Does Pope Francis Need to Manage or Lead?
Are you a leader or a manager? Do you think that one is better than the other? Is Pope Francis a manager or a leader?
In last Tuesday’s Tribal Leadership Intensive, Dave Logan led a conversation on the differences between leadership and management, and explained why you need both. In a nutshell, if what you’re working on has anything to do with tasks, activities, bullet points, or items that need to get done, it’s a management activity. If it has to do with vision, it’s a leadership activity.
For instance, knowing what I wanted to write about in this blog post was an act of leadership. I knew what I wanted it to accomplish and how it fits into our larger vision of leadership in the world. However, the actual writing of this blog is mostly an act of management. It involved things like developing an outline, reviewing past blogs for themes to pick up on, reading online news sources for relevant stories, reviewing potential titles with the CultureSync team, etc.
What’s the point here? I’m one person and I do activities that are management and activities that are leadership. And while one may be more appealing than the other, I need to do both. And so do you. Leadership and management are bigger than titles. They are roles we fulfill in the moment based on the situation in which we find ourselves.
According to Dave Logan, one of the big places where we get the distinction between leadership and management wrong is when we make leadership more important than management.
Often, because management is associated with the work of checklists, to-do items, and responding to instructions we have a tendency to think of it as boring and therefore less important. However, leadership without management is speaking without results.
Another place where we get it wrong is when we attempt innovation or change from management of activities rather than creating or envisioning a new future.
Watching the activities surrounding the newly inaugurated Bishop of Rome, Pope Francis is another great place to see the differences between leadership and management in action.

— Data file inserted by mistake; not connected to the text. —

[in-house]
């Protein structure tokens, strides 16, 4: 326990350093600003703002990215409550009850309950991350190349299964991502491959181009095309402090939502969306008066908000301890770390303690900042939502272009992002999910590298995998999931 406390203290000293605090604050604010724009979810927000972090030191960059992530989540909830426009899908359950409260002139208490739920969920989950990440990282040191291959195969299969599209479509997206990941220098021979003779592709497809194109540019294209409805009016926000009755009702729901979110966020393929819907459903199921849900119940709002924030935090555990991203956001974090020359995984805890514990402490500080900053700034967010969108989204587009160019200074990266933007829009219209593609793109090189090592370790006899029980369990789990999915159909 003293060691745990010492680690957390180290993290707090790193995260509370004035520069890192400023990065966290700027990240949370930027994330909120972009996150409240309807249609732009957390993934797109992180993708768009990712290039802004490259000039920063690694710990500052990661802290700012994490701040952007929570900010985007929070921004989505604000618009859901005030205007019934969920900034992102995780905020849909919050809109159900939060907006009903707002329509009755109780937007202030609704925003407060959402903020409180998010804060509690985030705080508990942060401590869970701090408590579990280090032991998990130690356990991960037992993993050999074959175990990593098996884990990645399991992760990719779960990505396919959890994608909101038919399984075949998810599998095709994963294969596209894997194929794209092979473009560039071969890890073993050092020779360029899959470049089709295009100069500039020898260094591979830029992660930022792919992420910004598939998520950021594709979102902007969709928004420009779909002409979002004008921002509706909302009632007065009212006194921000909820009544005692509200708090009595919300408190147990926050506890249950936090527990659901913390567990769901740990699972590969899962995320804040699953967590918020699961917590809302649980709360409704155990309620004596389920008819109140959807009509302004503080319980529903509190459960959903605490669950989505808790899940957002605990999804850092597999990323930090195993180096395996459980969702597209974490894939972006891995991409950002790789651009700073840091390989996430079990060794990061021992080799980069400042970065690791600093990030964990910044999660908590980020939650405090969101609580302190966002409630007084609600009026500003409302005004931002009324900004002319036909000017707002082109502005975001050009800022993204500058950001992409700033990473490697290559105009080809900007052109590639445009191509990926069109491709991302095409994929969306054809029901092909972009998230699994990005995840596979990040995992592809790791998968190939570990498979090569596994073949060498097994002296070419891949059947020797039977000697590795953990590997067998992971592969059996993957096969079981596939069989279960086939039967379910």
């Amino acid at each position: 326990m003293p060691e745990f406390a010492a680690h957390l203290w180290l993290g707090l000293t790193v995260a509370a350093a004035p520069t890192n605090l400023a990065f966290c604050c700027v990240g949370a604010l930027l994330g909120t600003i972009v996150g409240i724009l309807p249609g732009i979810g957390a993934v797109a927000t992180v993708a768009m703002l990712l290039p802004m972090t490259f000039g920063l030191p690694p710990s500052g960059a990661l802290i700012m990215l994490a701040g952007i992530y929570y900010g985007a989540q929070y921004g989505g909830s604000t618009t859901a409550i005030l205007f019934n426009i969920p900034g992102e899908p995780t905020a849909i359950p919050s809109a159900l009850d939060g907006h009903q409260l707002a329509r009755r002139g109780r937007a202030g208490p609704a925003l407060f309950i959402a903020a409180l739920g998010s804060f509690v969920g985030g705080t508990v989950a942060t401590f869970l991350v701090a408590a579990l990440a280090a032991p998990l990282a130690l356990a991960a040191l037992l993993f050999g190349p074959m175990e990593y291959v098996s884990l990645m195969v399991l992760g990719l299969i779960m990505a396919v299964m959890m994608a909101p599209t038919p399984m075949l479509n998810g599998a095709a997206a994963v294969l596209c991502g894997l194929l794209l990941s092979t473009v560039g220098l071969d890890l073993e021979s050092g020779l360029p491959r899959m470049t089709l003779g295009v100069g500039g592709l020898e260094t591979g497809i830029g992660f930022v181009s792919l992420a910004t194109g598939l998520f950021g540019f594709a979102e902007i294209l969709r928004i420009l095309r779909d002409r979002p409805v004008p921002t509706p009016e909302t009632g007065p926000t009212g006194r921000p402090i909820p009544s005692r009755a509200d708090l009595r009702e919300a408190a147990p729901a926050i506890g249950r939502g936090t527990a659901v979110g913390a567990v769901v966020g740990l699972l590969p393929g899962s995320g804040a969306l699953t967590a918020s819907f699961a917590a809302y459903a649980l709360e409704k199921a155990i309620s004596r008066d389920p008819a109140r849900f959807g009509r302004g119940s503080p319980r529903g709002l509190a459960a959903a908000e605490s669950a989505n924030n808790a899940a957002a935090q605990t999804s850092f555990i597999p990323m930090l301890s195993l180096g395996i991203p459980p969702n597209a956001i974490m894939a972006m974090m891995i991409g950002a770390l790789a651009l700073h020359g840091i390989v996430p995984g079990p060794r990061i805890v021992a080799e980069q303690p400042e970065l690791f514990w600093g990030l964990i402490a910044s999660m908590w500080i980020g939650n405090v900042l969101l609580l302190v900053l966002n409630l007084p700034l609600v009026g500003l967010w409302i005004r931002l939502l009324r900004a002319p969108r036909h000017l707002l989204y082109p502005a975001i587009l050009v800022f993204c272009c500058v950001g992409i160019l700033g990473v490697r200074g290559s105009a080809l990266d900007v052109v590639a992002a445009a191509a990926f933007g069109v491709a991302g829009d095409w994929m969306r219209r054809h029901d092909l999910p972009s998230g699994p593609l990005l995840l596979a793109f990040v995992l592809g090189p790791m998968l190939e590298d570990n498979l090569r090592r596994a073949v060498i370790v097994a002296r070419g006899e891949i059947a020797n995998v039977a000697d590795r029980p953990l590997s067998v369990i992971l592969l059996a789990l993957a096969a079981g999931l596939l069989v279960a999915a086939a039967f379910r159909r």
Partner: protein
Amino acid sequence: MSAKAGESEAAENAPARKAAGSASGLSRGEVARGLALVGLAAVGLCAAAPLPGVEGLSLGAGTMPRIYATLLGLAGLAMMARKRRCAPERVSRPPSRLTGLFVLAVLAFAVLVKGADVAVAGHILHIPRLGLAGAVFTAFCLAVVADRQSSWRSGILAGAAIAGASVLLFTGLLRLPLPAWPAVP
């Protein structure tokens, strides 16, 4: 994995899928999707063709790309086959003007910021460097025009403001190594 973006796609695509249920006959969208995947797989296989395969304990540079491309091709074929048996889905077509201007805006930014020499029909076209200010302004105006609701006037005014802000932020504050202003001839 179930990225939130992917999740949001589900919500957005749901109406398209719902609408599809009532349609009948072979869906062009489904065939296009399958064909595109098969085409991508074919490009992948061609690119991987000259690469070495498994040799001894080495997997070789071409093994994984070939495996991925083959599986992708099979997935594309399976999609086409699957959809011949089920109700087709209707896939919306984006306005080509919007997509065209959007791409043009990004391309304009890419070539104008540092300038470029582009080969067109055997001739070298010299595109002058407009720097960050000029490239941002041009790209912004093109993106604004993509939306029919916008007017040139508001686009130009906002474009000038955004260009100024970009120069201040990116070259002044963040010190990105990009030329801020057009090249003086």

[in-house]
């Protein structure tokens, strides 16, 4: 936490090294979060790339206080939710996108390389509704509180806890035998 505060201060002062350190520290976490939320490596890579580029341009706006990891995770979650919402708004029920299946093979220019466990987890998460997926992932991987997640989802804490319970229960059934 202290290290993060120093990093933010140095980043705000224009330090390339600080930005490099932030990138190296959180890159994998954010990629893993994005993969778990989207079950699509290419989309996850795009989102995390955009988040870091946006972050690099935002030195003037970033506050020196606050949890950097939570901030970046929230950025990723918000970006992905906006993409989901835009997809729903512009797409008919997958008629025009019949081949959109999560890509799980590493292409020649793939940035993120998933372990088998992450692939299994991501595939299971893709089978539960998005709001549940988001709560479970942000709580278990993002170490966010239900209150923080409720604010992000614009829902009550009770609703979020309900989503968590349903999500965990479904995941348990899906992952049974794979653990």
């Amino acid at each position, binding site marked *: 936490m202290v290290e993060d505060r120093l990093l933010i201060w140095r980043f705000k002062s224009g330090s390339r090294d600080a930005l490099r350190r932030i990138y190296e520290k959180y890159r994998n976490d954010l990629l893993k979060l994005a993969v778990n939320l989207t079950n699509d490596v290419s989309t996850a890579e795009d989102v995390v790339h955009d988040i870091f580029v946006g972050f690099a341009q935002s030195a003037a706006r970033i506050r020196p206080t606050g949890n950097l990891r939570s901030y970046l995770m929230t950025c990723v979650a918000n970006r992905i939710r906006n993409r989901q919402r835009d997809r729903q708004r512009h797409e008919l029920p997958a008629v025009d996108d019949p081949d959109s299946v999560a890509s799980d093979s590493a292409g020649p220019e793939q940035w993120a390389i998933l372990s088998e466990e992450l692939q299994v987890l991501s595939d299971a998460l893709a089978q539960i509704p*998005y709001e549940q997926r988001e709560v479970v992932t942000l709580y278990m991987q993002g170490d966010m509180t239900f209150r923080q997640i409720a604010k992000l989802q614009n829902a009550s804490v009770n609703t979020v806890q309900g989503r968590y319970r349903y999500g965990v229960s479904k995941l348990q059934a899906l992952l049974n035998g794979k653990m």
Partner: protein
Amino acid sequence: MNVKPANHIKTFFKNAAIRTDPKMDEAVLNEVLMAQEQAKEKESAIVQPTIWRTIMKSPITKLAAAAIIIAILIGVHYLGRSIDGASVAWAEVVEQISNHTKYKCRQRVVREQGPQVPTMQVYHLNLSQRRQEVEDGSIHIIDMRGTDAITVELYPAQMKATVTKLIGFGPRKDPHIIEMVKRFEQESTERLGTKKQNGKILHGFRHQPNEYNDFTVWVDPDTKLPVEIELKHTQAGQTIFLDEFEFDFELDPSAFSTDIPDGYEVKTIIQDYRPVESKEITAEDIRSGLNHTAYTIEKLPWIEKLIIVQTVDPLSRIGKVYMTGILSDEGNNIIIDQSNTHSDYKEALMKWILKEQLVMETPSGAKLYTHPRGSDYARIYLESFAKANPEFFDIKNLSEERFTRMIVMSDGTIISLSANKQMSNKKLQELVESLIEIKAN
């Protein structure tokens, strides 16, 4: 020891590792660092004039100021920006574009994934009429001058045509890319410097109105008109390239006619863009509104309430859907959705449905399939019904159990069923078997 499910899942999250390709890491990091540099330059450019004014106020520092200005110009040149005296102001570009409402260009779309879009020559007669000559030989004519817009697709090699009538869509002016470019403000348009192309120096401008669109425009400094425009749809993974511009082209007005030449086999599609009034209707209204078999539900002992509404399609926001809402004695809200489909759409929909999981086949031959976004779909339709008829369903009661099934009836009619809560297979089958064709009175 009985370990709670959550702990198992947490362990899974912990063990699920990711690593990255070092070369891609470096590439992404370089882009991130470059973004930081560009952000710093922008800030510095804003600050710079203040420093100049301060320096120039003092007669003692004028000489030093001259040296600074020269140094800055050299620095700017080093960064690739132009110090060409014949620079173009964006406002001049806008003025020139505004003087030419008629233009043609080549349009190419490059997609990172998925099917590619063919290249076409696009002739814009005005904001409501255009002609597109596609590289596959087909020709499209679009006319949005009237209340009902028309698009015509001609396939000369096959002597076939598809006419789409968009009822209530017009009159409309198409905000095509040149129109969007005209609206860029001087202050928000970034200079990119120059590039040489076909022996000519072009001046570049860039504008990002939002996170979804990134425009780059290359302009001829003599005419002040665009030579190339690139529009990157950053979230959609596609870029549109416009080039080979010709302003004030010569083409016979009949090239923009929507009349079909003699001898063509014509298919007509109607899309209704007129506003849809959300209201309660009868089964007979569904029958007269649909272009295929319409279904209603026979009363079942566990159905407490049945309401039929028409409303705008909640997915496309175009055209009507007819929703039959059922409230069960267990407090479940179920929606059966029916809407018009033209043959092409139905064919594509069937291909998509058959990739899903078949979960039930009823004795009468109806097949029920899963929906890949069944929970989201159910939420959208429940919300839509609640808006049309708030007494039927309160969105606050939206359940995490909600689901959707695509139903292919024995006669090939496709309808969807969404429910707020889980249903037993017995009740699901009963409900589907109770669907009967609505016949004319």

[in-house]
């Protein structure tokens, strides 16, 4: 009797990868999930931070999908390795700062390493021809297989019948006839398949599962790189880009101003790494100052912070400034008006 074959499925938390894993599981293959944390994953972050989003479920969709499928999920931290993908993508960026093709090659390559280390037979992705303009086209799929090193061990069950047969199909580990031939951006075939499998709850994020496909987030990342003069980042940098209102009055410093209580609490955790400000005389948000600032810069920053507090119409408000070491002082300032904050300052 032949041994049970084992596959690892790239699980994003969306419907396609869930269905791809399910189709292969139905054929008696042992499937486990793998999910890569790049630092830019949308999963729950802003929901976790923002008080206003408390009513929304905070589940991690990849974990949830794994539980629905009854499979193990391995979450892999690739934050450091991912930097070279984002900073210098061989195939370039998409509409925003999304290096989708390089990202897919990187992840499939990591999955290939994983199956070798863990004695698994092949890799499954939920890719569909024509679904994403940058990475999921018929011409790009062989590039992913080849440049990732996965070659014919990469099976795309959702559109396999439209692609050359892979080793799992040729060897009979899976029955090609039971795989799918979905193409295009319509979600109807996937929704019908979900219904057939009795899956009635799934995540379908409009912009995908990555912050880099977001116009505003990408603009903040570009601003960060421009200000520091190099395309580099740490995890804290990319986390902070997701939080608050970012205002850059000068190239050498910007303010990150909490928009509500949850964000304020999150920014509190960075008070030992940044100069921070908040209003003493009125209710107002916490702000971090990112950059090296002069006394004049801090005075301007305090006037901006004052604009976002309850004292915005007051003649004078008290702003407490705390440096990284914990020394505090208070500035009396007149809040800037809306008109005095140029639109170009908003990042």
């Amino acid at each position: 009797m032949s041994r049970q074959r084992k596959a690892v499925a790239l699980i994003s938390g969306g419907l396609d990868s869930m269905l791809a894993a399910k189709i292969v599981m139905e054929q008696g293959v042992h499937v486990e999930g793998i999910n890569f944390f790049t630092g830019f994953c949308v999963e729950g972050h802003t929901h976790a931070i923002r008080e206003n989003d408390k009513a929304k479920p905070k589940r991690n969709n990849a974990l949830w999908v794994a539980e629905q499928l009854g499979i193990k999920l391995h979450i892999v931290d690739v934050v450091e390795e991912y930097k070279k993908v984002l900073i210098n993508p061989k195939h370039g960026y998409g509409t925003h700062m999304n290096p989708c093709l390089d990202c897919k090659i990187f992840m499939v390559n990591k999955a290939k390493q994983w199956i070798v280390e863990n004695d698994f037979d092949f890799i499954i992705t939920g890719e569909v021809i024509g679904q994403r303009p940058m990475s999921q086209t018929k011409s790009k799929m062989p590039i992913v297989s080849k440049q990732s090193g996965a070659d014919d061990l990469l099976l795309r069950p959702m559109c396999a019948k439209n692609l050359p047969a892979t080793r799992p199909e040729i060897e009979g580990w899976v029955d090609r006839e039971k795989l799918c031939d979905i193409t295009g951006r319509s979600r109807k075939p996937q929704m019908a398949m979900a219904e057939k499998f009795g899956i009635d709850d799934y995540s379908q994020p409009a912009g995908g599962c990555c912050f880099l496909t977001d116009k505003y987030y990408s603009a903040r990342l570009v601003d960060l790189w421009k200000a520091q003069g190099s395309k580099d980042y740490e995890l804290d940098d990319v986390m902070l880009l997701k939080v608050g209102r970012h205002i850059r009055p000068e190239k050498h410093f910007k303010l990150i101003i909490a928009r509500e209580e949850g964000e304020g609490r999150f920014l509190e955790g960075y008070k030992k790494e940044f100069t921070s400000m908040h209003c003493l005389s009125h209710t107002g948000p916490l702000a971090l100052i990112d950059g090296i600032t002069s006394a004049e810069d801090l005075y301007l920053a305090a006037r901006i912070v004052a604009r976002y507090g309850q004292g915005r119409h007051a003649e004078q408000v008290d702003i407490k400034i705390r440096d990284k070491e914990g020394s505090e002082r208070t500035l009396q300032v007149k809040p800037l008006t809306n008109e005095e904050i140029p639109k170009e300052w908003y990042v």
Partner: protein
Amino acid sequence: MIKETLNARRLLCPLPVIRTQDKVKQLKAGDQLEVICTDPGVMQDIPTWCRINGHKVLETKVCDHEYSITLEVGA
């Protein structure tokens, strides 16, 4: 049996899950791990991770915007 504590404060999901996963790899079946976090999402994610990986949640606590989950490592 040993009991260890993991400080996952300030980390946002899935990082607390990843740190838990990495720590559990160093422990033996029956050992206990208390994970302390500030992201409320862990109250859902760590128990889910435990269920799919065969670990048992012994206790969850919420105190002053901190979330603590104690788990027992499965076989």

In his inaugural address Pope Francis asked for a favor, calling upon all listeners to “walk together, and take care of one another.” Asking also that we “pray for him.”
He went on to say, the role of the leader of the world’s 1.2 billion Catholics is to open his arms and protect all of humanity, but “especially the poorest, the weakest, the least important.”
His message was leadership in action – a vision for the future in which all people embrace and take care of one other and where he promises to open his arms to all humanity. Notice there is no checklist, there is no timeline, and there is no to-do list. That’s the stuff of management.
Now that this new Pope’s vision for the world has been shared, his role shifts to managing the Catholic Church to bring the vision he laid out to life.
Perhaps his biggest and first management challenge is going to be appointing new administrative leadership to the Roman Curia. Signs that this is on the top of his list are evident in the fact that he appointed the current Curia leadership to their positions only provisionally. This gives him the time to assess who is needed in these roles given his vision for the Church.
This is a clear example of leadership and management in action together. New vision leading to aligned actions. In the challenges before Pope Francis, we can see that to be a great leader, is to also be a strong manager.
This is the case for each of us as well. One way to improve your management skills is to learn how to manage your time effectively. Learn how by doing a Life Repair Day. Unleash your leadership by taking the 21 Day Challenge and then put together your leadership vision with a management plan to execute it by creating a microstrategy.
Send me an email or post a comment. I’d love to hear what you’ve achieved by combining your management with leadership.